Last Summer, fees for the use of the employment tribunal service were introduced for the first time in its history. Since 29 July 2013, claimants have been required to pay an 'issue fee' of up to £250 to start their claim and, if it proceeds, a further 'hearing fee' of up to £950 is payable. A 'fee remission' scheme allows for full or partial waiver of fees for claimants who can demonstrate that they meet a very stringent means test.
A Judicial Review of the legality of the decision to introduce employment tribunal fees was launched by UNISON in June 2013, who argued that fees
- were contrary to the European Community principle that national courts must not make it "virtually impossible or excessively difficult" to exercise individual rights
- breached the principle of 'equivalence' because they had only been introduced for the Employment Tribunal and not for the First-Tier Tribunal (a similar tribunal at the equivalent level in the judicial hierarchy)
- had been subject to inadequate assessment under the Public Sector Equality Duty
- were indirectly discriminatory, because they were likely to have a disproportionate adverse impact on women who are likely to earn an 'average income' and therefore will not be entitled to a fee remission.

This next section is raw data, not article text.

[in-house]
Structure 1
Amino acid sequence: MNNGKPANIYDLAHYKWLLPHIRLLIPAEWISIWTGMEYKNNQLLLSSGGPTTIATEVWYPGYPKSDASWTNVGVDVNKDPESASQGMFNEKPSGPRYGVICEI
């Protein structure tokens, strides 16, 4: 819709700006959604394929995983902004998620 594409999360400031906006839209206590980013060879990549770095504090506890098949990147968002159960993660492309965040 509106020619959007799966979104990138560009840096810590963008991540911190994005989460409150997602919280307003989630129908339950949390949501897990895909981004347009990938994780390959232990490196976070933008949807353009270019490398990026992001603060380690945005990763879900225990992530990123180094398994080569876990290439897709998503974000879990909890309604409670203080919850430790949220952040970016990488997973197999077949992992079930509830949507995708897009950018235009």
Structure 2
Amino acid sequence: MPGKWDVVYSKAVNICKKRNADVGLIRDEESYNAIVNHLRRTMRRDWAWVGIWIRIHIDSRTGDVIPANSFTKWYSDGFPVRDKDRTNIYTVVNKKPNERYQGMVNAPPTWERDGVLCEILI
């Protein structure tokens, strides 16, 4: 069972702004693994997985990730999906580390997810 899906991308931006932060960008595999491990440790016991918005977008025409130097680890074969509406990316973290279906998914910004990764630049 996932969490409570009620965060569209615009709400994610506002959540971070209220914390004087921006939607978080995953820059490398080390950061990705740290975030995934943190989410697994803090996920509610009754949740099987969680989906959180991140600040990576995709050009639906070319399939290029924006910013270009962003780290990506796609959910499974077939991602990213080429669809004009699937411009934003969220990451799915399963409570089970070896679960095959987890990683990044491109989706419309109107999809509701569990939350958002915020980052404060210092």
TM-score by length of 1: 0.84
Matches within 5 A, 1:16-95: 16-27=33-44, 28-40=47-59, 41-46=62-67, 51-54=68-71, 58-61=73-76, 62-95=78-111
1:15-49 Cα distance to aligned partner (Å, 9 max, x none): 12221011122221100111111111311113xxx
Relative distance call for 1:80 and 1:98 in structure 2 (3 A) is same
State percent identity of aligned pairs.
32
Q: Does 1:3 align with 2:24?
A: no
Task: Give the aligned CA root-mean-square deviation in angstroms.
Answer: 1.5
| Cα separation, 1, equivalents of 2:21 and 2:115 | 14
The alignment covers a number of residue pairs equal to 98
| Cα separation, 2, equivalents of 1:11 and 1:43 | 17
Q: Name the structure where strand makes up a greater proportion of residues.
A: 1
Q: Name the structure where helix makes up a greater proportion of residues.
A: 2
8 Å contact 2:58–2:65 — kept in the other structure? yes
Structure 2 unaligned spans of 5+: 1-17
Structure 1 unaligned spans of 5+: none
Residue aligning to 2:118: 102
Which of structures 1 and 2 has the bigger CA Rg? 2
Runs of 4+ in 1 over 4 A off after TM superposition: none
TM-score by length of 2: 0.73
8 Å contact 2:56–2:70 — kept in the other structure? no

A Judicial Review of the introduction of employment tribunal fees concluded in November 2013 and the Administrative Court has today published its decision that UNISON's challenges have not been successful. UNISON has issued a press release stating that it will "fight on" and appeal against this decision. As a result of pressure from UNISON's case the Government have already amended their Guidance in relation to the repayment of tribunal fees. The general position is now that the employer will be ordered to reimburse the tribunal fees paid where the claimant is successful. We will keep you updated.